I am working in the context of opt-in, web-based surveys. Often the desire is for accurate population estimates, and often at a country-wide level. The standard approach at this organization is to define demographic strata and determine quotas for each stratum according to high-quality reference data such as that from the U.S. Census Bureau, so that strata proportions equal population proportions. Most often these strata are defined by gender and age.

I've come to understand that some of the surveys run here are pre-stratified at one combination of gender and age groups, and then after the survey timeline has ended, post-stratified and weighted along more discretized groupings of the same variables. As an example, assume that pre-collection strata are divided along 3 age groups (18-24, 25-54, 55+), and then post-collection strata are divided into 6 age groups (18-24, 25-34, 35-44, 45-54, 55-64, 65+). Quotas are set for the initial strata according to census data, and then the results obtained from this quota sample are weighted according to the same census dataset, but divided into narrower age groups.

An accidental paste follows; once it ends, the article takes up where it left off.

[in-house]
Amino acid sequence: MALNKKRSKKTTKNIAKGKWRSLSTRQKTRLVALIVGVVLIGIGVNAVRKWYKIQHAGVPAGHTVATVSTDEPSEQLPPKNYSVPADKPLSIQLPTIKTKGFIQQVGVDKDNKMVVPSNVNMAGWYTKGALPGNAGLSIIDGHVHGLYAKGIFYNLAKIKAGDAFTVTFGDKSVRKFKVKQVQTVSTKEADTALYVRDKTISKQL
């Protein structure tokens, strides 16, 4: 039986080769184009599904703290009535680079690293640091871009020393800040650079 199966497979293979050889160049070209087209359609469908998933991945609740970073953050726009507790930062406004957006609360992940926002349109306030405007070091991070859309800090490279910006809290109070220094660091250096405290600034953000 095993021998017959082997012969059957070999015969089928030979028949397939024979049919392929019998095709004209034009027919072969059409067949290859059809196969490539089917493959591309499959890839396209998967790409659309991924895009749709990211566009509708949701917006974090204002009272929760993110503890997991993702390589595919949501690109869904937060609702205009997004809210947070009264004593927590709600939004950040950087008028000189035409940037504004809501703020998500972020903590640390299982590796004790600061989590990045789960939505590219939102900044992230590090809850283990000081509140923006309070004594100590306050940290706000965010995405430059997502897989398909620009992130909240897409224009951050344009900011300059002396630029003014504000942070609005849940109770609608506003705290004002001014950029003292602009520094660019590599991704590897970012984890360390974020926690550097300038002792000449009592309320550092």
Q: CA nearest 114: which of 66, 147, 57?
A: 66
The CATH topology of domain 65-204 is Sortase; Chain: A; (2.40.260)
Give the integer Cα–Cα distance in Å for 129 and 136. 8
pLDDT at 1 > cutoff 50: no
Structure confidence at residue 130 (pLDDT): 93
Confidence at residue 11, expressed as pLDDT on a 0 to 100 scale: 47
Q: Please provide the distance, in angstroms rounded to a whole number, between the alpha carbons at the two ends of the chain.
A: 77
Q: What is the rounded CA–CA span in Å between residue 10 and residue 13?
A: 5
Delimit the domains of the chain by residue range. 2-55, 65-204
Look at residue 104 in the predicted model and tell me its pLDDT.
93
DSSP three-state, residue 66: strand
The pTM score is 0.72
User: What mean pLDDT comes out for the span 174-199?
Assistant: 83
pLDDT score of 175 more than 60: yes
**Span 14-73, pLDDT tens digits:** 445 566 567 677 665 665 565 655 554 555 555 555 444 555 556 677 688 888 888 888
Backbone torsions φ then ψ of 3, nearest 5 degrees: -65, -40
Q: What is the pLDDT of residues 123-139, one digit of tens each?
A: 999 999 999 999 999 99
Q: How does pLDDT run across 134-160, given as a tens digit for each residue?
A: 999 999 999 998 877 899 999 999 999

Something about this feels wrong to me, but I don't have the expertise to identify what exactly that is. Reading about survey methods, I see plenty of material about pre-stratification and post-stratification, but nothing on using them both together. Maybe my attempts to find reading on this particular approach are inadequate. Either way, I would very much appreciate some guidance here.

Thank you in advance.

  • $\begingroup$ If you (pre-)stratified at the state level, and then post-stratified at the congressional district level because you wanted estimates at that level, would that also feel wrong? $\endgroup$
    – num_39
    Feb 7 at 21:49
  • $\begingroup$ Please clarify your specific problem or provide additional details to highlight exactly what you need. As it's currently written, it's hard to tell exactly what you're asking. $\endgroup$
    – Community Bot
    Feb 7 at 21:52


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